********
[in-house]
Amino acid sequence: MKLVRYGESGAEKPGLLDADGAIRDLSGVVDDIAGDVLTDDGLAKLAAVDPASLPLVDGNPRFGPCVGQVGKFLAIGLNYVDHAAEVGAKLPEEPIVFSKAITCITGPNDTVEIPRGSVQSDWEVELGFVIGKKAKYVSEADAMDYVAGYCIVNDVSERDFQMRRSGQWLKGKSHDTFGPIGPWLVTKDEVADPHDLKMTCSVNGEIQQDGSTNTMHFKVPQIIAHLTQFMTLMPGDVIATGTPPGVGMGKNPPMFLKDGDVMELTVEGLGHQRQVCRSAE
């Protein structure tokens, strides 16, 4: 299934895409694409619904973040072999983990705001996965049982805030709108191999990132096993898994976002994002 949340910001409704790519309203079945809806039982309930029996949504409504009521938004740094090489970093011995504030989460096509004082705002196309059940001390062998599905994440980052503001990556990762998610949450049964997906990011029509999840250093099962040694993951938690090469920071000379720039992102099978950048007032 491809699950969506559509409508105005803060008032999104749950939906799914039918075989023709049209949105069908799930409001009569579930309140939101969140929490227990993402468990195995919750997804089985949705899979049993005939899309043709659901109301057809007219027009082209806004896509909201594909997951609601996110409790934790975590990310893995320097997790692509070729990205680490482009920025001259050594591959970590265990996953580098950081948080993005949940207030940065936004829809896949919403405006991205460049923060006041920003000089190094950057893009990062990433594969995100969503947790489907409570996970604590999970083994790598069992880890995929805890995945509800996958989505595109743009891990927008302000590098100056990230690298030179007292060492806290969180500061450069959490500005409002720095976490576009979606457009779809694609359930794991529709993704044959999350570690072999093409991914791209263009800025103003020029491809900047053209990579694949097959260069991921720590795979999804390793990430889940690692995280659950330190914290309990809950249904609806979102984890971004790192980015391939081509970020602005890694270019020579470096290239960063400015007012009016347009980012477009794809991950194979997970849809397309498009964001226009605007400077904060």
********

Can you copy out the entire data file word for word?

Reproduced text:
[in-house]
Amino acid sequence: MKLVRYGESGAEKPGLLDADGAIRDLSGVVDDIAGDVLTDDGLAKLAAVDPASLPLVDGNPRFGPCVGQVGKFLAIGLNYVDHAAEVGAKLPEEPIVFSKAITCITGPNDTVEIPRGSVQSDWEVELGFVIGKKAKYVSEADAMDYVAGYCIVNDVSERDFQMRRSGQWLKGKSHDTFGPIGPWLVTKDEVADPHDLKMTCSVNGEIQQDGSTNTMHFKVPQIIAHLTQFMTLMPGDVIATGTPPGVGMGKNPPMFLKDGDVMELTVEGLGHQRQVCRSAE
């Protein structure tokens, strides 16, 4: 299934895409694409619904973040072999983990705001996965049982805030709108191999990132096993898994976002994002 949340910001409704790519309203079945809806039982309930029996949504409504009521938004740094090489970093011995504030989460096509004082705002196309059940001390062998599905994440980052503001990556990762998610949450049964997906990011029509999840250093099962040694993951938690090469920071000379720039992102099978950048007032 491809699950969506559509409508105005803060008032999104749950939906799914039918075989023709049209949105069908799930409001009569579930309140939101969140929490227990993402468990195995919750997804089985949705899979049993005939899309043709659901109301057809007219027009082209806004896509909201594909997951609601996110409790934790975590990310893995320097997790692509070729990205680490482009920025001259050594591959970590265990996953580098950081948080993005949940207030940065936004829809896949919403405006991205460049923060006041920003000089190094950057893009990062990433594969995100969503947790489907409570996970604590999970083994790598069992880890995929805890995945509800996958989505595109743009891990927008302000590098100056990230690298030179007292060492806290969180500061450069959490500005409002720095976490576009979606457009779809694609359930794991529709993704044959999350570690072999093409991914791209263009800025103003020029491809900047053209990579694949097959260069991921720590795979999804390793990430889940690692995280659950330190914290309990809950249904609806979102984890971004790192980015391939081509970020602005890694270019020579470096290239960063400015007012009016347009980012477009794809991950194979997970849809397309498009964001226009605007400077904060």